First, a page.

Of hindsight and belief

[Slight break in posts not because I wasn’t joyful but because we’ve missed many Mondays in school so no Mondays, no sharings… but am back!]

Monday of the 3rd Week of Easter
Acts 6:8-15; Psalm 119:23-30; John 6:22-29

I love reading Whodunnits or mystery novels like those written by Agatha Christie or Ellis Peters. Why? I love the tension and slow unravelling of clues as the story unfolds. I love how some seemingly insignificant details become very important later in the book. A scrap of paper, an offhand remark, a little depression in the grass can be key in solving the mystery. All these things may catch attention but will not make sense till things fall together later. While reading these novels, I also love flipping back and forth (though never to the end first!) to make better sense of these small important insignificant details. That’s the beauty of reading novels with flippable pages. Things make more sense with the benefit of hindsight.

Agatha Christie – the doyen of mystery novel writers. Helps us with hindsight no?

I think that’s how we should approach the readings of today – with the benefit of hindsight. We approach them with the sure knowledge of the resurrection that we celebrate during this season and know that the Gospel reading follows both the feeding of the 5000 and the episode where Jesus walks on water. We know of the miracles that impress the crowds yet don’t quite lead them to understanding. But we cannot be like those in the Gospel – we cannot remain without understanding as we’ve seen the light of the resurrection and as we flip backwards from the end of the Gospel of John to this point, this passage should not remain so much of a mystery. Instead, our hearts should burn with recognition and joy.

The people asked two questions: ‘Rabbi, when did you come here?’ and ‘What must we do if we are to do the works that God wants?’ It’s good to notice the curiosity with which they asked about something that was quite mundane. They saw the miracles and were very curious and sought more of the same. They wanted more food as well. They yeared just to be fed and entertained. Jesus saw through them in his response and he reminds us not to be the same as well. We should seek things that last and not mere earthly things. We know we should seek spiritual not material things but it’s hard isn’t it?

People would definitely be more attracted to signs that say ‘Free Food’ than ‘Eternal Life found Here’, especially in our modern, highly cynical world. We often get stuck in the our ordinary, day-to-day appreciation of things and forget about the fact that we should not always be worried about what to do but learn to live as trusting, faithful children of God. The people by the lake were chided because they didn’t get it but we, with the benefit of 2000 years of hindsight should. We’ve been able to flip back to this point to understand the significance of the multiplication of the loaves as the Lord’s ability to give us unlimited spiritual food yet we still yearn for material food? Didn’t the passion and resurrection teach us anything?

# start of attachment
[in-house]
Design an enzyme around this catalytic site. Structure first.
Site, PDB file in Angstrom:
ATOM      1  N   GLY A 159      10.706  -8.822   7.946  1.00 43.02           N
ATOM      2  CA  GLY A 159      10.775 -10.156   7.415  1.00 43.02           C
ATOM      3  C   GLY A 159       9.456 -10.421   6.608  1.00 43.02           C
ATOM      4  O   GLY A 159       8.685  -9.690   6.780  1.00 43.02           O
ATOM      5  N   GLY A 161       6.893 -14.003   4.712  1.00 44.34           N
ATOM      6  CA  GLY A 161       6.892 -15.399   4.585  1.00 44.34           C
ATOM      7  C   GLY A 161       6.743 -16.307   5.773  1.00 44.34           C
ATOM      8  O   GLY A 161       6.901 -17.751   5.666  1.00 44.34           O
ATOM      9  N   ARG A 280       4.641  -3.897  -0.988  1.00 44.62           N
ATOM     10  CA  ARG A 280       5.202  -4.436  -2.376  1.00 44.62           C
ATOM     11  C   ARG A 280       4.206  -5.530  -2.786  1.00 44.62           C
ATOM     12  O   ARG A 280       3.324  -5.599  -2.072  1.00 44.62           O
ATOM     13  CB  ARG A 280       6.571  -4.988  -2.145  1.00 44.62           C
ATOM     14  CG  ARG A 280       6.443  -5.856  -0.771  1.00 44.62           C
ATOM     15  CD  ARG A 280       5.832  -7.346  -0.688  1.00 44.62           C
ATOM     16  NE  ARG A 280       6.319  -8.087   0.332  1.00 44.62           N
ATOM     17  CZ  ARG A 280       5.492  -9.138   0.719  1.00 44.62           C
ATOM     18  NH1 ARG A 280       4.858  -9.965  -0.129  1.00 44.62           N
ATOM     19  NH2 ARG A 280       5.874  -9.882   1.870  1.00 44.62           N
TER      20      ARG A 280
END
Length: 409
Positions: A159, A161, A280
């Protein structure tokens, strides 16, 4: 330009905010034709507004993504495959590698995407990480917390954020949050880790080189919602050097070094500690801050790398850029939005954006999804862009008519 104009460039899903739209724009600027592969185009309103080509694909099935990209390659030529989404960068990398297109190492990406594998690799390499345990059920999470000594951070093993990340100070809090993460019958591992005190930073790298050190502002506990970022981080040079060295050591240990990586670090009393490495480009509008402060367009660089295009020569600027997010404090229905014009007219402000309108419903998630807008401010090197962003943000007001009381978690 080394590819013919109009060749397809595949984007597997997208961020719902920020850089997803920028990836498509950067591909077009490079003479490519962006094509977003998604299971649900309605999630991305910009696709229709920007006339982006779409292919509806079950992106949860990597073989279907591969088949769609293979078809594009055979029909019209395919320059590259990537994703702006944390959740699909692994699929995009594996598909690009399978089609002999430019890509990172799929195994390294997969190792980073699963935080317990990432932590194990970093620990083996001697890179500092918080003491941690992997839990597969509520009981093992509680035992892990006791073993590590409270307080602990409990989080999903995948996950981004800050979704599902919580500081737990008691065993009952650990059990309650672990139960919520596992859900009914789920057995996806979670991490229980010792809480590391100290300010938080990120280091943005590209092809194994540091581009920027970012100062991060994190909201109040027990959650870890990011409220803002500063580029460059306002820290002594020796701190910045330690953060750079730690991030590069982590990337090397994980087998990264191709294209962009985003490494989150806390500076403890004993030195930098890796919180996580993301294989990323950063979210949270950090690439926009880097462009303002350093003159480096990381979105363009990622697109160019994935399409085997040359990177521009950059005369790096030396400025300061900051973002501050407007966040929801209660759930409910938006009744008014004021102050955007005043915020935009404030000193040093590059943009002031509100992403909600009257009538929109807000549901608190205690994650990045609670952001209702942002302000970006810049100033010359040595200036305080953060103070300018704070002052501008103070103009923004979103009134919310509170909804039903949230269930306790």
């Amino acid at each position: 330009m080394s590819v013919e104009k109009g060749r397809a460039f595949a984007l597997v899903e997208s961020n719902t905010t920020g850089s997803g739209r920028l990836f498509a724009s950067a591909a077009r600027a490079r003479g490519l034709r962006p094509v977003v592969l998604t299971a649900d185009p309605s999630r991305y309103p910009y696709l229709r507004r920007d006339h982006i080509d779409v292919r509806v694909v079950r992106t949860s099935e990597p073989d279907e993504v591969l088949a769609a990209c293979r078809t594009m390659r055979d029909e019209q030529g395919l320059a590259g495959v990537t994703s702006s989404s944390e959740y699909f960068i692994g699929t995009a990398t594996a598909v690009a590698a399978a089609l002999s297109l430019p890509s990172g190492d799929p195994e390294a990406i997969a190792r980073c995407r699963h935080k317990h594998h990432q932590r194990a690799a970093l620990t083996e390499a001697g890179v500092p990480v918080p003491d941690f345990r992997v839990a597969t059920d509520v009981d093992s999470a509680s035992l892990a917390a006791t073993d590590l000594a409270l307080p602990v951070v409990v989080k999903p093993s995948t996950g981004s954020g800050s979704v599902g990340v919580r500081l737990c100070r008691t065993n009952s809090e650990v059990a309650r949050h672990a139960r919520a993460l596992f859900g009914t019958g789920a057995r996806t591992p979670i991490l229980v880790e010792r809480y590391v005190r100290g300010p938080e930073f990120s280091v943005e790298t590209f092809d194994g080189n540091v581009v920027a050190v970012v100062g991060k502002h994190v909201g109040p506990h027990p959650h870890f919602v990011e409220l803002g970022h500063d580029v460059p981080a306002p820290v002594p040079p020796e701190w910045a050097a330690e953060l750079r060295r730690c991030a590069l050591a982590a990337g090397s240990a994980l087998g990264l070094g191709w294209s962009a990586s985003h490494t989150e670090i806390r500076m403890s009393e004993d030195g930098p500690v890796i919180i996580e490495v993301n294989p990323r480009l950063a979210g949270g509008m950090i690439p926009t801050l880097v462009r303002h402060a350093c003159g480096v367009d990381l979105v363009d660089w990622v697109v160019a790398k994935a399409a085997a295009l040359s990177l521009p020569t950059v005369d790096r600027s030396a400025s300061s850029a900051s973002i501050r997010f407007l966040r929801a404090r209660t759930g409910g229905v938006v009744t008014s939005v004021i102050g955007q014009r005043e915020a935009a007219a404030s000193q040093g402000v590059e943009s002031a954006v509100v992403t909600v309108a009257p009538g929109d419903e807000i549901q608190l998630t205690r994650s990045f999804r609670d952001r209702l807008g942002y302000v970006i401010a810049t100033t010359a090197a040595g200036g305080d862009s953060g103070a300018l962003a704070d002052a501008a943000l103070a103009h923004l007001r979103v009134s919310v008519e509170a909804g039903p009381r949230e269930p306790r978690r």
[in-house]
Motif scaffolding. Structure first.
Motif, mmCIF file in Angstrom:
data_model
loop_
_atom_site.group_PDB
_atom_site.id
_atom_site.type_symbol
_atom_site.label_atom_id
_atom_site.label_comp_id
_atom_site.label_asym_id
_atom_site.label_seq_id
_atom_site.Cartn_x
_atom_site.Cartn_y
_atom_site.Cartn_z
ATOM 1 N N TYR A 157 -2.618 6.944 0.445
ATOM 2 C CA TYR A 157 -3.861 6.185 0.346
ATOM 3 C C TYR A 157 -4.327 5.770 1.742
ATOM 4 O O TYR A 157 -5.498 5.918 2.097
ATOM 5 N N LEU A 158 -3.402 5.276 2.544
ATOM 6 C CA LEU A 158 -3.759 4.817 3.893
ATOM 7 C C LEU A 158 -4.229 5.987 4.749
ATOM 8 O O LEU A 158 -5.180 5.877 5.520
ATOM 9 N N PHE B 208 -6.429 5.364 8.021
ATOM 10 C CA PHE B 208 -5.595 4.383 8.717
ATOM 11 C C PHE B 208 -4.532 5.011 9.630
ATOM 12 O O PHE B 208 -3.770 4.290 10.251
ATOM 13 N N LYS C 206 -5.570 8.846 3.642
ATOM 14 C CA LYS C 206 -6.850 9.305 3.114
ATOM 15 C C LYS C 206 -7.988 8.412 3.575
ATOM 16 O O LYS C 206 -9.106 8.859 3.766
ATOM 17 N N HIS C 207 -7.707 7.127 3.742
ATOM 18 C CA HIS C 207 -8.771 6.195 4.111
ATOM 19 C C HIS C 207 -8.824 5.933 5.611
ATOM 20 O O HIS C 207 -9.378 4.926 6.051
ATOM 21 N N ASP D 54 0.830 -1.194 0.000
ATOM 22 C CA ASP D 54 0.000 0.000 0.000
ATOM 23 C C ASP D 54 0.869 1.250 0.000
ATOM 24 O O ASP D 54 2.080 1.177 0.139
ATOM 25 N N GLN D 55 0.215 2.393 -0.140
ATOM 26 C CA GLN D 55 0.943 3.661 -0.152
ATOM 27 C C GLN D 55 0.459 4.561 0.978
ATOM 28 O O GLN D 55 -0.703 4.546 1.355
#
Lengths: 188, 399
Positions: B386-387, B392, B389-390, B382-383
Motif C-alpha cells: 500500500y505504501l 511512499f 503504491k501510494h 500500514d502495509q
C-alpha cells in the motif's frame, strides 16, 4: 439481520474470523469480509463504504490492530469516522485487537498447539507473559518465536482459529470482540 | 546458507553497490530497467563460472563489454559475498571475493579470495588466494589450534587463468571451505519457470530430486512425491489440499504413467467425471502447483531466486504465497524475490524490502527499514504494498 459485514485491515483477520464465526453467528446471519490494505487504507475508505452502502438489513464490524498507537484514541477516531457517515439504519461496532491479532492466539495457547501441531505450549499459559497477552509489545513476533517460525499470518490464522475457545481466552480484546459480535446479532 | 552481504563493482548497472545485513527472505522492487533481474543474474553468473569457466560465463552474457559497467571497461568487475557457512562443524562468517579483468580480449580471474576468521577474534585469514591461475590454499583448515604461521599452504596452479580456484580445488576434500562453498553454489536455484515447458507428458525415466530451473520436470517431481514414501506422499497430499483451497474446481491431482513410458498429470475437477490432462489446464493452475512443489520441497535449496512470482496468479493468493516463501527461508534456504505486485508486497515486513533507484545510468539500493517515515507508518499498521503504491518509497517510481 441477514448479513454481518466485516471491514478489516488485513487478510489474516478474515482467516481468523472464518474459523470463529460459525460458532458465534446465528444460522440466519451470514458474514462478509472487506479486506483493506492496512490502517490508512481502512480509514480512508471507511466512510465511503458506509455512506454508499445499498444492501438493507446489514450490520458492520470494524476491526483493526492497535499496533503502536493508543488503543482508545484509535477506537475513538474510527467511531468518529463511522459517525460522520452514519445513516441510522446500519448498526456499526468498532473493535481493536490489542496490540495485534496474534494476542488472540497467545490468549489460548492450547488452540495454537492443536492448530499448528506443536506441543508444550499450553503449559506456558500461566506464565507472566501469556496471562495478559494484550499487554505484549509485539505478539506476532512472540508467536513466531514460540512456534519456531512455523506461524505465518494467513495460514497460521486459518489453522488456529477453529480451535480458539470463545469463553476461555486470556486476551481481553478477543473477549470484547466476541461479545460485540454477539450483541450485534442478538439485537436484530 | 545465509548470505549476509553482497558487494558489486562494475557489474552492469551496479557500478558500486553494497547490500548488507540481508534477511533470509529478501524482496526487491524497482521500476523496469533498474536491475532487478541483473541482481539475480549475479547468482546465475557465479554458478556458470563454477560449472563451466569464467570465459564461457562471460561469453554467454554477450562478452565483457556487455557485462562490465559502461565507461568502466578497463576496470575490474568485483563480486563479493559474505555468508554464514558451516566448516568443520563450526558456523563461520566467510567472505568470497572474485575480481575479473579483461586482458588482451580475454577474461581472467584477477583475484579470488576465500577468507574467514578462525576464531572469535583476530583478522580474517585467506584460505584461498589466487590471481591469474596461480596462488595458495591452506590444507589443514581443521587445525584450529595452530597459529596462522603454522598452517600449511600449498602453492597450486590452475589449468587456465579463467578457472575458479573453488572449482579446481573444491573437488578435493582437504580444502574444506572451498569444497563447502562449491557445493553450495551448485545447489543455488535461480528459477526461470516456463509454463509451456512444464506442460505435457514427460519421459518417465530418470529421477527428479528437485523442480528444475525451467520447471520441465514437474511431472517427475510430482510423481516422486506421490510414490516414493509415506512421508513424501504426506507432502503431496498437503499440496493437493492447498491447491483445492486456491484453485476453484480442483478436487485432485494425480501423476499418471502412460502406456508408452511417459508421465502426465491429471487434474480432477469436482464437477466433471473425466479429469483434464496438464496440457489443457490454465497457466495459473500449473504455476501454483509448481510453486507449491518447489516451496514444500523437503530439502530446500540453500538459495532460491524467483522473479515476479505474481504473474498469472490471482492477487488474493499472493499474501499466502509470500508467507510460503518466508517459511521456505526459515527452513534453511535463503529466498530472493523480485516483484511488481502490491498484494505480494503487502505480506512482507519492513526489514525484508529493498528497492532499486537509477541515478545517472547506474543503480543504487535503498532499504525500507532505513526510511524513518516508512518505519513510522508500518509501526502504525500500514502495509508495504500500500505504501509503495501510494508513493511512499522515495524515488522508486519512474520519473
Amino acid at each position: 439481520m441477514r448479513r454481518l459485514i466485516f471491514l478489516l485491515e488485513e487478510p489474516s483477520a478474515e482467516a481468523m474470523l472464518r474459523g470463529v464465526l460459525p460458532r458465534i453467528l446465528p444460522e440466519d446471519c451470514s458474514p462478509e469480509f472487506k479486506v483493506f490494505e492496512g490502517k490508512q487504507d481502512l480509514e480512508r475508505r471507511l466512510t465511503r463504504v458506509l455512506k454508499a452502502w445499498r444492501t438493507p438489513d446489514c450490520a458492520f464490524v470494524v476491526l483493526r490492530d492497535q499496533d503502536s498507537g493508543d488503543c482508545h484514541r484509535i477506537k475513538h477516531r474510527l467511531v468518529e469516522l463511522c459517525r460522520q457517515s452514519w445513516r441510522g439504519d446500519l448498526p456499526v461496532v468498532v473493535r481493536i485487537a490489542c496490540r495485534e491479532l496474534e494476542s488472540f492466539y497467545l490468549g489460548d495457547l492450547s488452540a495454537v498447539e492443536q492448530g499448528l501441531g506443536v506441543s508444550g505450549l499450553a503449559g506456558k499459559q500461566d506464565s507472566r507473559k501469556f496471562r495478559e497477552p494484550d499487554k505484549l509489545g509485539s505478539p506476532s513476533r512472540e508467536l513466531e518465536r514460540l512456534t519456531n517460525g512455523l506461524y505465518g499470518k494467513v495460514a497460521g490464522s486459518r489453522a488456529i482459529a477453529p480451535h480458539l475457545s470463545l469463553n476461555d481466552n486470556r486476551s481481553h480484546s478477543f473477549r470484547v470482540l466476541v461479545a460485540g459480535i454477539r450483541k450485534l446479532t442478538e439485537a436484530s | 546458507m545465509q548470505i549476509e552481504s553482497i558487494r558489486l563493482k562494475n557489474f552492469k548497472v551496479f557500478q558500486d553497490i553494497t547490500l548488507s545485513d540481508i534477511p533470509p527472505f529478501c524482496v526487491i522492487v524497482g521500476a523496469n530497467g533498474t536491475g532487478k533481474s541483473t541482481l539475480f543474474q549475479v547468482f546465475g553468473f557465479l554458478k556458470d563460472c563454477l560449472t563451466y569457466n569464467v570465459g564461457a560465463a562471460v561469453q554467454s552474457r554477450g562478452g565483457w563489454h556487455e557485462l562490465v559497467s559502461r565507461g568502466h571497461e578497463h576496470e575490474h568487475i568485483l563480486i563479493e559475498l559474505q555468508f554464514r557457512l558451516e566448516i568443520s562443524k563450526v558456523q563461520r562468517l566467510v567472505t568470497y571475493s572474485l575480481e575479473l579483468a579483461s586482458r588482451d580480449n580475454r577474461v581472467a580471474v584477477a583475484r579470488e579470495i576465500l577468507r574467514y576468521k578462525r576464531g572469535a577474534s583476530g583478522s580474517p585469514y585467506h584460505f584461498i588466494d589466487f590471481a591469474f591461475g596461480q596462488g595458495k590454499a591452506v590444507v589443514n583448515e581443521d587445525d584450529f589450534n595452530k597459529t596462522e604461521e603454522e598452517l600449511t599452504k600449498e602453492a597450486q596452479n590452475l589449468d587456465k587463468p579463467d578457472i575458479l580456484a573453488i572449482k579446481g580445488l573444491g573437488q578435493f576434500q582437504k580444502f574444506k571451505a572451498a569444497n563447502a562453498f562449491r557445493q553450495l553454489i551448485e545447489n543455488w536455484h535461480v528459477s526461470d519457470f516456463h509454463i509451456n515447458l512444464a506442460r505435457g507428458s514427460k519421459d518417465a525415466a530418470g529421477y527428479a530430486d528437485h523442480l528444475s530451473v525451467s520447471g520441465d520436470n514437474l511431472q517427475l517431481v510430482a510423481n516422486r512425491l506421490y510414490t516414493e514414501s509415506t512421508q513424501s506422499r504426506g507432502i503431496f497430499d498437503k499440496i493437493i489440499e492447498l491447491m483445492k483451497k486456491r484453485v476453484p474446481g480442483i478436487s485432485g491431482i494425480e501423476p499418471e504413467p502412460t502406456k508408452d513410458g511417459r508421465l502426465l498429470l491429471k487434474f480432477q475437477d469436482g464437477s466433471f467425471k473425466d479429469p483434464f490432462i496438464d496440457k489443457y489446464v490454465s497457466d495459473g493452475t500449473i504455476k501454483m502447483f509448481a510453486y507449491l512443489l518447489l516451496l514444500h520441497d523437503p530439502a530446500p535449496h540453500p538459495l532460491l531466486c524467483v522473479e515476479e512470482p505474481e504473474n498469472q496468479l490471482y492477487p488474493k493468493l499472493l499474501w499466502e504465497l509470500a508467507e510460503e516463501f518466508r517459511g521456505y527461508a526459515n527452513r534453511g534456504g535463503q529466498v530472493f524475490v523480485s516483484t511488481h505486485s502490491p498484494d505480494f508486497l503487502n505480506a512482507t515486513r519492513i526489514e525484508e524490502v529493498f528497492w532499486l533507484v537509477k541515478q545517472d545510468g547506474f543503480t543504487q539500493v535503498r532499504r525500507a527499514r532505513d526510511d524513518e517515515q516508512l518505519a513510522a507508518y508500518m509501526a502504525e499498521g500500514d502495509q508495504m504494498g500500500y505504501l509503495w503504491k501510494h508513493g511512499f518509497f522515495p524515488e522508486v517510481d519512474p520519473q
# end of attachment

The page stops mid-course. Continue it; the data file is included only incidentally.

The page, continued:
The other question the Lord asked is about our response to him. They asked what we need to do. We’re good at doing things and mostly want to do more. The Lord’s response was not what to do but how to be – to believe in him and that would solve everything. We’re often told to do things – teachers tel us to learn and remember, philosophers to think and know, leaders to work and solve problems. The Lord tells us to believe in him – not just plain belief in something but to believe in him, to feel the truth that he speaks of and to know it from the depth of our being. That’s what total commitment to the Lord is all about.

And that’s what St Stephen showed in his ability to answer everything thrown at him. His authority in speaking came from his belief in the Lord. His ability to meet the questions and accusations of the religious leaders unfazed showed that he knew where his answers were coming from and believed totally in them. How did he do this? I believe this came from his faith in the resurrection and from a real knowledge of what it means to believe in God who died and rose from the dead to save us.

Thus, we shouldn’t be like the people asking the Lord about what we should do. We’ve seen the mystery unfold in history, in the Word of God. We know what happens so why don’t we believe in it? We may not know what is to come but we should be able to trust in the Lord’s willingness and ability to guide us to where we are to be. After all, scripture unfolds in our lives as well. So let’s learn to flip the pages back, to see the significance of the Lord’s actions for what they are – clues on how to be and how to believe in him.

I end with this adaptation of the concluding prayer of Lauds today.
God and Father, you reveal the light of your truth to all
so that we may believe in you and be with you.
Grant that all who have received the grace of baptism
may not be distracted by material things
and strive towards the call to faith. Amen.


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about the brushhead

had a head like a brush (it's more like an egg now). seeks to sweep through thought and faith with that brush. tries to wax philosophical but often forgets to wax off. trying to be good brush to all, while discerning what kind of brush he's meant to be.

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